On June 28, 2014, Puerto Rico’s Gov. Alejandro Garcia Padilla signed into law the Puerto Rico Corporations Debt Enforcement & Recovery Act (the Act), which permits certain public corporations in Puerto Rico to restructure their debt obligations. Within 24 hours, mutual funds investing in Puerto Rico’s Power Revenue Bonds (the PREPA Bonds) issued by the Puerto Rico Electric Power Authority (PREPA) challenged the constitutionality of the Act, while rating agencies downgraded PREPA Bonds, sparking numerous reports of PREPA’s imminent filing.

It is uncertain whether the Act will survive the constitutional challenge or how soon the Act will be invoked by Puerto Rico’s public corporations. What is clear is that despite claiming to be modeled on the U.S. Bankruptcy Code (the Code), the Act lacks some of the key protections that creditors have come to expect when dealing with the U.S. system.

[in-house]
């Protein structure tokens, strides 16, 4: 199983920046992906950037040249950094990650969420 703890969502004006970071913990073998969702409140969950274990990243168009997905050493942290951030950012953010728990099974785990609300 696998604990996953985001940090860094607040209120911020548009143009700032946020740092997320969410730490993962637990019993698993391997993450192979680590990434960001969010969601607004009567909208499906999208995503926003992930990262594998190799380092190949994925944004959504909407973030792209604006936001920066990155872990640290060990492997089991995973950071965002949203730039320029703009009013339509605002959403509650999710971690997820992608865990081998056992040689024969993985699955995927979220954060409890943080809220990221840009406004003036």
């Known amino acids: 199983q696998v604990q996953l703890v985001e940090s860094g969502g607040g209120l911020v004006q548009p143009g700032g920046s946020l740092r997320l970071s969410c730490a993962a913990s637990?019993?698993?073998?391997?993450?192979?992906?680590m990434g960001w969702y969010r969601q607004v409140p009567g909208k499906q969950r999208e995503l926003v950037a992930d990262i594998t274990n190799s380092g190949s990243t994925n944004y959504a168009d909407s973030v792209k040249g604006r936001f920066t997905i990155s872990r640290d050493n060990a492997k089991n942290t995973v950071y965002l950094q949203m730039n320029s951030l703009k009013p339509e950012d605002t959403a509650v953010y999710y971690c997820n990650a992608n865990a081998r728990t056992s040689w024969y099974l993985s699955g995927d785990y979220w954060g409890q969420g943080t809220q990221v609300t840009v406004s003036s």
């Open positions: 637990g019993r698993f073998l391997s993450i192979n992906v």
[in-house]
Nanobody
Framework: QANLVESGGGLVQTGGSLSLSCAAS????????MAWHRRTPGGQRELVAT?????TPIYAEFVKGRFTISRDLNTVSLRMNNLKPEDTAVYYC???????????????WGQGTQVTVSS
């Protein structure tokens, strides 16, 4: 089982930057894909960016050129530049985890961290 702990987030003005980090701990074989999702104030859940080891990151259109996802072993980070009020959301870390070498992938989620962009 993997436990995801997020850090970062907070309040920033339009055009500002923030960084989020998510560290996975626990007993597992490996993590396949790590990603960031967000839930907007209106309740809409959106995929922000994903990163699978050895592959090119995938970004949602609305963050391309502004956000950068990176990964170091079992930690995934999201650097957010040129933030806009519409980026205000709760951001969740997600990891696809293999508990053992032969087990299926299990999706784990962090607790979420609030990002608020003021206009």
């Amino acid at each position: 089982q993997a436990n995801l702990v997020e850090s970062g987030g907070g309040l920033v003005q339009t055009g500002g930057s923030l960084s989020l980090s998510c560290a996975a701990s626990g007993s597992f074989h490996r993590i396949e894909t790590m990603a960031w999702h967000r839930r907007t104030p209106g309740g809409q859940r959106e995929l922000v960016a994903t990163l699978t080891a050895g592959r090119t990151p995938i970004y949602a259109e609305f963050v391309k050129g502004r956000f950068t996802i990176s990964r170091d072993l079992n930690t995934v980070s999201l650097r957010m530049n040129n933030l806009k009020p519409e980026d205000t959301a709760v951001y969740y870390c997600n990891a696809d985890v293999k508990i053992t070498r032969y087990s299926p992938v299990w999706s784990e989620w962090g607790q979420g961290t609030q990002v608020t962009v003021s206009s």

The Bond Crisis in Puerto Rico

This content has been archived. It is available through our partners, LexisNexis® and Bloomberg Law.

To view this content, please continue to their sites.

Not a Lexis Subscriber?
Subscribe Now

Not a Bloomberg Law Subscriber?
Subscribe Now

Why am I seeing this?

LexisNexis® and Bloomberg Law are third party online distributors of the broad collection of current and archived versions of ALM's legal news publications. LexisNexis® and Bloomberg Law customers are able to access and use ALM's content, including content from the National Law Journal, The American Lawyer, Legaltech News, The New York Law Journal, and Corporate Counsel, as well as other sources of legal information.

For questions call 1-877-256-2472 or contact us at [email protected]